Taken together doubling these HML sections would give around 25 more miles of double track to add to the 37 miles already doubled between Perth and Inverness, leaving 56 miles single with 62 miles double on the 118 mile long route. It would be a really significant improvement to benefit both passenger and freight traffic.
Dualling the easier stages between Stanley Junction and Culloden Moor (as suggested above) first of all could also help to prepare the line for electrification. As is well known, electrification is particularly beneficial in reducing journey time on steep gradients (the Beattock effect). Presumably, electrification is still being thought about for the Government's aspiration date of 2030 when the refurbished Inter7City HSTs may require to be retired from service.
More pressing is to get the HML into much better condition to compete with the dualled A9 which is due to be completed in 2025. Providing a much faster journey time with greater track capacity for both passenger and freight services is essential to make rail the attractive and sustainable transport mode of choice preventing any modal switch from rail towards road which would be contrary to Scottish Government policy.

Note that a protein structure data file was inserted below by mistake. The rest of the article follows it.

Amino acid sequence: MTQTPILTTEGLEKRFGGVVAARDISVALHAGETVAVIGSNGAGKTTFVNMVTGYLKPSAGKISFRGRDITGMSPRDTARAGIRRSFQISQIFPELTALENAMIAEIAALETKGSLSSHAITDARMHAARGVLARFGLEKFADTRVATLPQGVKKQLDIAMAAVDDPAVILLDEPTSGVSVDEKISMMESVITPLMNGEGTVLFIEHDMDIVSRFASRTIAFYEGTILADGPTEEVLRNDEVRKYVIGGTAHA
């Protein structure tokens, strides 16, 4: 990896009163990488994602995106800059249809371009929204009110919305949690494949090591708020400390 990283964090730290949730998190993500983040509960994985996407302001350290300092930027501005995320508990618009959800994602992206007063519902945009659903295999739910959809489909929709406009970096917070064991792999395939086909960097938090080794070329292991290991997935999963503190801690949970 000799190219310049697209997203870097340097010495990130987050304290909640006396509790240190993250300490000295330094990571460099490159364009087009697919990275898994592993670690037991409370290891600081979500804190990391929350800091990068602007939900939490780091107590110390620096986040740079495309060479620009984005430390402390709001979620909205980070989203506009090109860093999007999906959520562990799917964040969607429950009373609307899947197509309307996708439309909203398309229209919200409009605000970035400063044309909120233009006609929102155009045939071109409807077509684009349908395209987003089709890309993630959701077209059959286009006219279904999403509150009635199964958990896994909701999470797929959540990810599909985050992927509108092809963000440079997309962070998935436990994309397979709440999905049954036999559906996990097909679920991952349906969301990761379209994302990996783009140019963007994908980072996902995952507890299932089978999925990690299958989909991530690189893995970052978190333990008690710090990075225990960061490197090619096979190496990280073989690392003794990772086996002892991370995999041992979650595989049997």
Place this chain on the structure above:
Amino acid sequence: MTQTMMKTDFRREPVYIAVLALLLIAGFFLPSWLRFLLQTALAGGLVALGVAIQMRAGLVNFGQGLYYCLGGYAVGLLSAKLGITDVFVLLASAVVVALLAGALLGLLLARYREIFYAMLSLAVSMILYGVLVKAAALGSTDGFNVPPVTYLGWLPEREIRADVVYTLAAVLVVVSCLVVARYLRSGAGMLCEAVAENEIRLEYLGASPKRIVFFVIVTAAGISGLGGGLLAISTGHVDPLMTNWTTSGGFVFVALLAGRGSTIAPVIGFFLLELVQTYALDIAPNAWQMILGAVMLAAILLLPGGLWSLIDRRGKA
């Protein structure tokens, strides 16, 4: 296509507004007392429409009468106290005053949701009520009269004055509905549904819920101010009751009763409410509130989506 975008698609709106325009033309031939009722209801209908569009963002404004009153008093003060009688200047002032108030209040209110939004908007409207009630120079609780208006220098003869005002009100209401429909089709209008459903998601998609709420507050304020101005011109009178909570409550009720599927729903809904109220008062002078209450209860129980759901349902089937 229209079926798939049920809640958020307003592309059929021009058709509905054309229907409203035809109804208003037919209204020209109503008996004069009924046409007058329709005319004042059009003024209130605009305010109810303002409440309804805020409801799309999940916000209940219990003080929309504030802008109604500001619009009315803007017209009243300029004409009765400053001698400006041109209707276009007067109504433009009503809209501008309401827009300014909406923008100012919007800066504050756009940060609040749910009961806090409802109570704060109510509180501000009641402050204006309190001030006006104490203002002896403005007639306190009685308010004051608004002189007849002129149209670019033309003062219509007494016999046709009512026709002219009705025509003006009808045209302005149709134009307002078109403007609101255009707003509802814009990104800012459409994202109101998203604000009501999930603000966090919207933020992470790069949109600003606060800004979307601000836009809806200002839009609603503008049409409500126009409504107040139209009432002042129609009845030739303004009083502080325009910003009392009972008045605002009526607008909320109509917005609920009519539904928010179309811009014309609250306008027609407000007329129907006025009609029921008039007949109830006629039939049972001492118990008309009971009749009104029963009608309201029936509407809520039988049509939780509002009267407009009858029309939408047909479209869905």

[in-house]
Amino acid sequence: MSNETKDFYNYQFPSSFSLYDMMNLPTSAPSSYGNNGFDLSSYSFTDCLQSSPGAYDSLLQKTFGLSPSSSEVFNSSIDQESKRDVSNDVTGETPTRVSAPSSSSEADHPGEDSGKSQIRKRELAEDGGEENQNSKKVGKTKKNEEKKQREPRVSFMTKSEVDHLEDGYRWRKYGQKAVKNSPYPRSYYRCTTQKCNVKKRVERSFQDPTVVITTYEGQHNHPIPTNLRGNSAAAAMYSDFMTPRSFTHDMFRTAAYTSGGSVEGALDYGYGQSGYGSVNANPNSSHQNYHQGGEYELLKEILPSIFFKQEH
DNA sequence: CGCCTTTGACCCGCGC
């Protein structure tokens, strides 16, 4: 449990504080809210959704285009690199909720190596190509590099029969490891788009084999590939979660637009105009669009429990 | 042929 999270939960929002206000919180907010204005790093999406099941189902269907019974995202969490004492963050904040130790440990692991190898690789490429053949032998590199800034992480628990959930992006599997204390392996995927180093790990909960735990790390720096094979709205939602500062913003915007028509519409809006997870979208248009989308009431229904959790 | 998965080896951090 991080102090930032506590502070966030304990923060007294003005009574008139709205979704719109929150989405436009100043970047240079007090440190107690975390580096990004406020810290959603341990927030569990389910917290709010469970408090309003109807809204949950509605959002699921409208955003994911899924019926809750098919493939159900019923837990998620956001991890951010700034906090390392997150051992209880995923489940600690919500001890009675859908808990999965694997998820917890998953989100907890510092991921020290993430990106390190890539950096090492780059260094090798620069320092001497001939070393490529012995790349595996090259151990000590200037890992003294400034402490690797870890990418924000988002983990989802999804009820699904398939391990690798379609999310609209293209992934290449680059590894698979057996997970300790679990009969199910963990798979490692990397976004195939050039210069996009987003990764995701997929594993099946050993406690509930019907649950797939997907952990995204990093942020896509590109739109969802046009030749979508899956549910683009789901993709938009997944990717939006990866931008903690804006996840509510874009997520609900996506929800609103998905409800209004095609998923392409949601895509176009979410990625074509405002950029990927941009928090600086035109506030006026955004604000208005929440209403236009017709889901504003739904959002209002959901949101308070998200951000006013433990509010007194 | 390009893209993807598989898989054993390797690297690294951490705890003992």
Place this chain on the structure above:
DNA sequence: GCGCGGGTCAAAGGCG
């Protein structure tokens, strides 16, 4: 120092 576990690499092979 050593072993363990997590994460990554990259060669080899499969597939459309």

As the First Minister said in the context of the Katowice climate change conference in December 2018: "We have a moral responsibility to do what we can to prevent and mitigate the effects of global climate change.
"Scotland has been widely praised internationally for our work to tackle climate change, and I am absolutely determined that there will be no let-up in our efforts.
"It requires everyone in society - individuals, businesses and governments - to play their part in changing behaviours." Therefore, we must make a big effort to complete a major transformation of the Highland Main Line strategic route for Scotland during the next five or six years.